Chilling – Auschwitz, Poland
Big fluffly flakes fell from above. The kind I loved as a kid, because it meant the possibility of school closings and delayed openings. Several us were sitting in the lounge area, some eating breakfast, some, like myself, staring out the window at the snow. All the room needed was a crackling fireplace, and I would’ve been staking my spot on the couch that night.
Auschwitz began in 1940 as a concentration camp for Poles. Over time, deportees from other countries joined them, and barracks were divided by nationality. Barbed wire and guard towers still surrounded the complex, reminding present day visitors that many unfortunate souls only passed through the gates once. Every few meters, our group paused for commentary.
“Every day, prisoners had to stand here for roll call. At its peak, thousands of people were held here, and roll call often lasted several hours, during which they had to stand at attention the whole time. Often shoes weren’t provided. As you can see, winter here comes early and can be very cold.”
Neatly arranged rows of brick buildings lined the camp streets. They didn’t look so menacing, until you considered what they were associated with. Displayed in one of the barracks were prisoner rosters and black and white pictures depicting camp life; Many SS guards were given cameras so they could take souvenir pictures, resulting in a shockingly well documented genocide. Another block held exhibits of what were found in the Kanada buildings. After World War I, many Polish immigrated to Canada in search of a better life, and the name became synonymous with hope and everything people wanted. New detainees were relived of all earthly possessions upon arrival, which were then thrown in two warehouses known as Kanada I and II. Sobering collections of spectacles, prayers shawls, shoes, combs piled up behind glass displays, and they only held a small fraction of what Allies found when Auschwitz was liberated.
|End of the day|
By 1942, Auschwitz had evolved into the terrible extermination center that defined the Holocaust. Additional camps were established in the surrounding area, the largest being the 75 hectare Birkenau. Our van shuttled us across town to the tower that some may recognize from Spielburg’s epic, Schindler’s List. Sweeping views were had from atop – its immensity was mindblowing. Largely razed by retreating Nazis, a few of the wooden stables have been rebuilt to help visitors picture the suffering. As many as 1000 people were crammed into a space designed to hold 50 horses. Sanitation, obviously, was a problem. Toilets were in short supply and it often cost a day’s rations (300g of bread) to get in.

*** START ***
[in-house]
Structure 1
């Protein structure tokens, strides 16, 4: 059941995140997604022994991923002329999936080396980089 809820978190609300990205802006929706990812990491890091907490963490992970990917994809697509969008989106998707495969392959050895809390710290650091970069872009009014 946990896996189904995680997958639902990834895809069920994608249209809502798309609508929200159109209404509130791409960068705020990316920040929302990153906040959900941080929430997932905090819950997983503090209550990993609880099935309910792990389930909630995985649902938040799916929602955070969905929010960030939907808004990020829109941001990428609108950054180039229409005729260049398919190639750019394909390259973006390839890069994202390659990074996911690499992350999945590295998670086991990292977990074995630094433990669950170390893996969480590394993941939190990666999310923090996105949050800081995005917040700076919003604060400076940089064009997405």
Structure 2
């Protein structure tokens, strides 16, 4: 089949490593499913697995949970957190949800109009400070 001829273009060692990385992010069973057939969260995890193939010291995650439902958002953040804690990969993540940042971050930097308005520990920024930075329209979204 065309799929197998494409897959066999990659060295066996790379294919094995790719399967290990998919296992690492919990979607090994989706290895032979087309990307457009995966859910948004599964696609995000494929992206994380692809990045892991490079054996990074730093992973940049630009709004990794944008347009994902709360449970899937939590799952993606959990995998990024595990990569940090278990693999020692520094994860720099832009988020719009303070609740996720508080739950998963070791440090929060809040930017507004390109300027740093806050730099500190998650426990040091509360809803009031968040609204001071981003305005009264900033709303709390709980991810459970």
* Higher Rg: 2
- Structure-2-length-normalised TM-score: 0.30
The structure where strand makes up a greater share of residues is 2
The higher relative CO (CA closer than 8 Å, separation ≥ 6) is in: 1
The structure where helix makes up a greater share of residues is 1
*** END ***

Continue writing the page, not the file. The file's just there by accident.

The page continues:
“You can’t imagine what it’s truly like to be hungry…”
As we walked along the tracks to the gas chamber and crematorium rubble, our guide relayed heart wrenching anecdotes.
“One survivor came back to visit, and she told me, ‘The sight of tourists walking down the platform like that. It looks just like how the Jews were marched to their deaths. Later, when we saw the smoke coming from the crematoriums, we said it was their souls floating up to heaven.'”
At the end of the tracks – the end of the line for many – a memorial was erected. A plaque read:
Forever let this place be a cry of despair and a warning to humanity, where the Nazis murdered about one and a half million men, women, and children, mainly Jews, from various countries of Europe.
I shivered, and not because it was cold.